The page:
Answered by Ustadh Salman Younas
Question: Assalam aleykum
1) I have heard that Muslim men are allowed to marry jew and christian women, from what is this understanding derived?
2) I was wondering whether the same thing was true for women? If not, I was wondering what the reasoning and context surrounding this was?
3) If the people concerned are already in a relationship, is it preferable for them to get married?
Answer: assalamu alaykum
1. The permissibility of a Muslim man marrying a woman from the ahl al-kitab (‘People of the Book’) is understood from the Qur’anic verse, “It is lawful for you to marry chaste Muslim women and chaste women of the People of the Book when you have given them their dowries.” (5:5)
According to most scholars, this verse specifies or abrogates a previous verse of the Qur’an (2:221) that prohibited men and women from marrying non-Muslim polytheists. The exception in Qur’an 5:5 was only extended to men and not to women as is clear. As such, the permission to marry the ahl al-kitab only extends to men. [al-Jassas, Ahkam al-Qur’an (2:15-20); al-Qurtubi, Jami li-ahkam al-Qur’an (2:453-57)]
2. There is scholarly consensus that it is neither valid nor permitted for a Muslim woman to marry a non-Muslim man. The simple reason for this is that the divine command in the primary texts does not extend such an allowance to women. While scholars mention certain wisdoms underlying this rule, such as the fact that the religious identity of one’s progeny is less likely to be preserved in a marriage between a Muslim woman and non-Muslim man, the ruling ultimately is not subject to context nor whether such a wisdom is actually realized in a given situation.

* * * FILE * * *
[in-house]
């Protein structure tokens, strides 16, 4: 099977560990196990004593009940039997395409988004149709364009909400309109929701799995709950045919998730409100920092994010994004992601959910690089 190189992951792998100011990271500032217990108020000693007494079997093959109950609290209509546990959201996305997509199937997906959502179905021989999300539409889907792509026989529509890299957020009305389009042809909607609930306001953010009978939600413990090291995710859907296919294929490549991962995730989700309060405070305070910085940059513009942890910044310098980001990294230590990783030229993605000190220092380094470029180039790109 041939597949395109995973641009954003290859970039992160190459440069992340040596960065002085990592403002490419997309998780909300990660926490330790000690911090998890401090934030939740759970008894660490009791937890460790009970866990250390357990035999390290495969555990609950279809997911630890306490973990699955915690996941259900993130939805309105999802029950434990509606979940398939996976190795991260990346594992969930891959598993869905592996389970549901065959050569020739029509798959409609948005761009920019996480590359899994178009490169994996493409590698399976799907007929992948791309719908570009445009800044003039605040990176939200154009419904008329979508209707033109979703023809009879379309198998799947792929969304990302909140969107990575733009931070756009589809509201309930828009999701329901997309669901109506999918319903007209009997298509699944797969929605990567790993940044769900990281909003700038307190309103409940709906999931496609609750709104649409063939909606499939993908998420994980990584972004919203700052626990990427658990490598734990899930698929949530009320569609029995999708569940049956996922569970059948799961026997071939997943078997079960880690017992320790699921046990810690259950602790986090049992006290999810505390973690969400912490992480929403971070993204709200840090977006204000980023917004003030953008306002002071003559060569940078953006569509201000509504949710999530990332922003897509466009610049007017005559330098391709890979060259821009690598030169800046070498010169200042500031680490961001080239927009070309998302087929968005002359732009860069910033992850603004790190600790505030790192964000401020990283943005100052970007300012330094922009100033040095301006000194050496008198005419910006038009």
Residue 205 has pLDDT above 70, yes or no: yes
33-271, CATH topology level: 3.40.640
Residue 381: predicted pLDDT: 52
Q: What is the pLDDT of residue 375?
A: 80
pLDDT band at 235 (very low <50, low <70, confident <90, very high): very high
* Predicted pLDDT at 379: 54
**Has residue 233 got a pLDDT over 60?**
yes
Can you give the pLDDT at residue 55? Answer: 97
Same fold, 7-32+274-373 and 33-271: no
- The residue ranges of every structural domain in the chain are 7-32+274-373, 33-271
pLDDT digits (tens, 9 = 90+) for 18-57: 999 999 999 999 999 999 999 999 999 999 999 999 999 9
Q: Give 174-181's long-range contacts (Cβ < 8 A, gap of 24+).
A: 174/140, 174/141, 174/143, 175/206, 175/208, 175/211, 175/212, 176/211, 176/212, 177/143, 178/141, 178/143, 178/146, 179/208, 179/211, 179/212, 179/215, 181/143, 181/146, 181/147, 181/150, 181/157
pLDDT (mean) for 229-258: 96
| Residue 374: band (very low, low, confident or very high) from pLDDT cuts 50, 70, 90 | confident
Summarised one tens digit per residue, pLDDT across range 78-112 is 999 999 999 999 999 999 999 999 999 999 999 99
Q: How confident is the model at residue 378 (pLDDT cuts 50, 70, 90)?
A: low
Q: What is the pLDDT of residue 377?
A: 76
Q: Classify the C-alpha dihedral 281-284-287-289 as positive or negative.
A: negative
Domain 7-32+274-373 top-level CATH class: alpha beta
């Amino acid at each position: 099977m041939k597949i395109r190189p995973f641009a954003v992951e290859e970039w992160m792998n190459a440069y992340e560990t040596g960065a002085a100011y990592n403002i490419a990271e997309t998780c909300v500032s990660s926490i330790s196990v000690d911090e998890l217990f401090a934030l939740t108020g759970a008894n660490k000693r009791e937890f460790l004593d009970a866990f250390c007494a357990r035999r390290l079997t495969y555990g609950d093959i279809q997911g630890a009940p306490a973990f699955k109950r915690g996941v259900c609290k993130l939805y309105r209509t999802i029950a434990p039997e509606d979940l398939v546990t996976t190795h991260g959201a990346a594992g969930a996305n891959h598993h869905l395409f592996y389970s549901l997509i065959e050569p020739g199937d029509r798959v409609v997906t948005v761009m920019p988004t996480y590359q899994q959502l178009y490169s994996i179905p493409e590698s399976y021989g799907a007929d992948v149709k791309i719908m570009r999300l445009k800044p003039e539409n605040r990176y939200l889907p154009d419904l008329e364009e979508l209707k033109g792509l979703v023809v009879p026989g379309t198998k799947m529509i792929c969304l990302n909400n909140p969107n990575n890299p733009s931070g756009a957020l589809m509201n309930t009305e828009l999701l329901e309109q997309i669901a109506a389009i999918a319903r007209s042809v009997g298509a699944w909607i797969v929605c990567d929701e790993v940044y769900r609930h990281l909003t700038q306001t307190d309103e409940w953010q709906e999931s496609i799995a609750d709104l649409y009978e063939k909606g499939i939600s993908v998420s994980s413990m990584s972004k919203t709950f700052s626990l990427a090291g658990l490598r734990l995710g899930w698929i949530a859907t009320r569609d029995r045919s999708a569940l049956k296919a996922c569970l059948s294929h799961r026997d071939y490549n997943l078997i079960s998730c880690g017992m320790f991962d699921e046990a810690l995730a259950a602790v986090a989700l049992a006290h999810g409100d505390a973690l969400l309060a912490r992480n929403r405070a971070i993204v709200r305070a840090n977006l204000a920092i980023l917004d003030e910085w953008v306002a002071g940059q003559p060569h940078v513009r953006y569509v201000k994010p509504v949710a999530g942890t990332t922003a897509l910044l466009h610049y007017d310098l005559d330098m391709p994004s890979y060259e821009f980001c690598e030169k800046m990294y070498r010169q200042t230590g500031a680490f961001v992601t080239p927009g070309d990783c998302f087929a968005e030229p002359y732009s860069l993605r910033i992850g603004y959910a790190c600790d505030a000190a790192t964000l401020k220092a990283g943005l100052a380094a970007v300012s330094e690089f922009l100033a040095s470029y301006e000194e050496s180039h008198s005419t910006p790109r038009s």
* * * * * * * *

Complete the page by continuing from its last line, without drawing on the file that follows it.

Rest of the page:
3. If a woman is in a situation where she is in a pre-marital relationship with a non-Muslim man, such a relationship must be ended as soon as possible. The parties involved may discuss a future in terms of marriage but this would require the man to convert in order for it to be Islamically valid.
While it is natural to feel a sense of pain and sadness when relationships end, we must remember that ultimately we are believers in God and aim for next-worldly felicity, which comes through submitting to what He has commanded of us.
For more advice on this, I would advise you to read the following:
Checked and approved by Shaykh Faraz Rabbani
Ustadh Salman Younas graduated from Stony Brook University with a degree in Political Science and Religious Studies. After studying the Islamic sciences online and with local scholars in New York, Ustadh Salman moved to Amman. There he studies Islamic law, legal methodology, belief, hadith methodology, logic, Arabic, and tafsir.